Further Healing Thyself


Here are some ethical ways to help our colleagues and ourselves.




Last month in our Special Report, 2 papers discussed the wellness risks of physician substance abuse and the benefits of work-life balance. These are ethical ways to help our colleagues and ourselves.

As several more papers on the subject show in Part 2 of this Special Report, there are many places to touch upon and embrace the elephant of physician wellness.

Also In This Special Report

The Alluring Mistress: Reflections From My Affair With Medicine

Frank Clark, MD

8 Tips for Psychiatrists to Prevent Burnout

Doug Newton, MD, MPH

Burnout and Its Remedies

Lloyd I. Sederer, MD

Is Burnout a Sustainability Factor?

David E. “Daven” Morrison III, MD; and Andrew O. Brown, MD

Systems that disempower physicians and other health care professionals are the major cause of our burnout epidemic. That presents a major challenge: unless we are in a leadership position, there is not a lot each of us can do to improve the systems in which we work.

Yet, as these additional papers indicate, there is still quite a lot that each of us can do for our own wellness. So much so, that you will find additional articles online.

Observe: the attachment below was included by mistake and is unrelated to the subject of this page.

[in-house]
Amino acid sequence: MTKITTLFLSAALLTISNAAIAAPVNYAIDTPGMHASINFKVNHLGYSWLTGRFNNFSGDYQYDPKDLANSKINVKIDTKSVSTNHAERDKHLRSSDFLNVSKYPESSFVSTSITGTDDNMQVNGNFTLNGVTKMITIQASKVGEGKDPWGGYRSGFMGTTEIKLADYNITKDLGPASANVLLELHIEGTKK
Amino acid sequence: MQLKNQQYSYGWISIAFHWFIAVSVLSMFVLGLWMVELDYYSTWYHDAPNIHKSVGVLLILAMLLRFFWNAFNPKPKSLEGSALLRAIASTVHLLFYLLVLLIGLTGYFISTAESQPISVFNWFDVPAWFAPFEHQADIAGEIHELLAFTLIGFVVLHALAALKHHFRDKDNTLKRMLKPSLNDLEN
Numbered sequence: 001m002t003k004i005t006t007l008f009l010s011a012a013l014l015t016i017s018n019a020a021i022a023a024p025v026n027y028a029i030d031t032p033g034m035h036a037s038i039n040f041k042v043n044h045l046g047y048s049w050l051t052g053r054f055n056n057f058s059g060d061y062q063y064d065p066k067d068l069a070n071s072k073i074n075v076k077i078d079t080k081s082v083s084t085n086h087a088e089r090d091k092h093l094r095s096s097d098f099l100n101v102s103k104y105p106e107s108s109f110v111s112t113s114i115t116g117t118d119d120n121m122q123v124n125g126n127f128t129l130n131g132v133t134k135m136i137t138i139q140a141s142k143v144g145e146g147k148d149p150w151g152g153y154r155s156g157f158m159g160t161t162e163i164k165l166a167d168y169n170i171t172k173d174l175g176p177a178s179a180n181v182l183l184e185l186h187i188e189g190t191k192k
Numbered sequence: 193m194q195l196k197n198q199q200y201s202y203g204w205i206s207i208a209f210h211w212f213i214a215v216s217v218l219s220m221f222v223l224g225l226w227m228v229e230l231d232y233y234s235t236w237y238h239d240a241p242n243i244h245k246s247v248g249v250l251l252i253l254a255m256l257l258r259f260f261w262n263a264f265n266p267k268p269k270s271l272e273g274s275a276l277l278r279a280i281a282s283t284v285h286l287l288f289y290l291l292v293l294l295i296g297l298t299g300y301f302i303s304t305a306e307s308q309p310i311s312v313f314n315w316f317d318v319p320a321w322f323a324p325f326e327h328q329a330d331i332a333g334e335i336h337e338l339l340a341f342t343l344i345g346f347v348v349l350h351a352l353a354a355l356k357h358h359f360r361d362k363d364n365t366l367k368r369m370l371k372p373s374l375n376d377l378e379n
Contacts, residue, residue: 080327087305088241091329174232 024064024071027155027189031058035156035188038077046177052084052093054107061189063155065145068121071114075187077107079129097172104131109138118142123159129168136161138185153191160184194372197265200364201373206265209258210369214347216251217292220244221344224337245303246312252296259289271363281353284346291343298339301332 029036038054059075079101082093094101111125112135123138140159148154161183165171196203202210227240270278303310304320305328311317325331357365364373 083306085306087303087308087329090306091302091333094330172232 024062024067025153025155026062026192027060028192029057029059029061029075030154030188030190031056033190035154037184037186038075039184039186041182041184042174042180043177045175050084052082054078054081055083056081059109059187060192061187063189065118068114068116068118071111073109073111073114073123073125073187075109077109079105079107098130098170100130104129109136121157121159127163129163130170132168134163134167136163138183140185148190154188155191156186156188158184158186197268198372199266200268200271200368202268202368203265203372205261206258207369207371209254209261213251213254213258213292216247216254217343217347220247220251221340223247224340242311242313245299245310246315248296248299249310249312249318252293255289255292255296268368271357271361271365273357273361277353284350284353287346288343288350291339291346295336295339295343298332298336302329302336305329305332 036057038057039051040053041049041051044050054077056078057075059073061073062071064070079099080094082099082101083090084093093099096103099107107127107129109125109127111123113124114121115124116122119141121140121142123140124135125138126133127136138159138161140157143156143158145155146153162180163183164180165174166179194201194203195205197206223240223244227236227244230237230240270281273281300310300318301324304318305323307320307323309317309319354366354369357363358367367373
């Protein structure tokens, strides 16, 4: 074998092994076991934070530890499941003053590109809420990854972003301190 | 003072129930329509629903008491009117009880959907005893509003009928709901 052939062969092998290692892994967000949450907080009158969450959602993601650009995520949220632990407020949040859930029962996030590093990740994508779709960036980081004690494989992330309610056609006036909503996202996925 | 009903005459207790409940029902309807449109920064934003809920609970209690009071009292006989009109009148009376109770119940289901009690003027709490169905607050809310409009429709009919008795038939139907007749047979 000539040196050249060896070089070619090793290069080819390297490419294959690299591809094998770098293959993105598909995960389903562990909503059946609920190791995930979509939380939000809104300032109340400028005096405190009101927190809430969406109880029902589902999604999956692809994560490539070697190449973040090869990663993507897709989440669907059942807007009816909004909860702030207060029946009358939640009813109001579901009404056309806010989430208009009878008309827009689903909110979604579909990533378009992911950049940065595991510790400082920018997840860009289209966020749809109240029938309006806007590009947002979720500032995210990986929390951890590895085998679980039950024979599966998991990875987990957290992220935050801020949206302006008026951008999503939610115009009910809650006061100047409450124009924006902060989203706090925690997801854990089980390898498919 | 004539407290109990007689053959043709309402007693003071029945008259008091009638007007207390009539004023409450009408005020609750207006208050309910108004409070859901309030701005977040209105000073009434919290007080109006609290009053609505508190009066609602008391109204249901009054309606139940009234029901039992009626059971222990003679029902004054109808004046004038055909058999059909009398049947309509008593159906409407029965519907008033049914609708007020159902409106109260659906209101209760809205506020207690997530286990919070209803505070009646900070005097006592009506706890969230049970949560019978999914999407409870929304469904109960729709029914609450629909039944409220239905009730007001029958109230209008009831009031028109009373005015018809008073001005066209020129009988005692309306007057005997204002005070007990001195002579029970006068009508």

In one article, you will find 8 sound tips for preventing burnout. The last tip is simple but important: “remember your purpose.”

Remembering one’s purpose leads, in turn, to the article “The Alluring Mistress: Reflections From my Affair with Medicine.” Although personal psychotherapy was more or less required as a therapeutic vessel 50 years ago when I was in training, it is no longer expected. This personal article of reflections was an inspiring self-disclosure of how a psychiatrist, with help, realized what was really important in his life. This, in turn, led to a major change at work and much improved wellness. Some degree of this sort of soul-searching may be the lodestar for physician wellness, for it is what each of us can control the most.

Dr Moffic is an award-winning psychiatrist who has specialized in the cultural and ethical aspects of psychiatry. A prolific writer and speaker, he received the one-time designation of Hero of Public Psychiatry from the Assembly of the American Psychiatric Association in 2002. To create a better world, he is an advocate for treating mental health issues related to climate instability, burnout, Islamophobia, and anti-Semitism. He serves on the Editorial Board of Psychiatric Times™.

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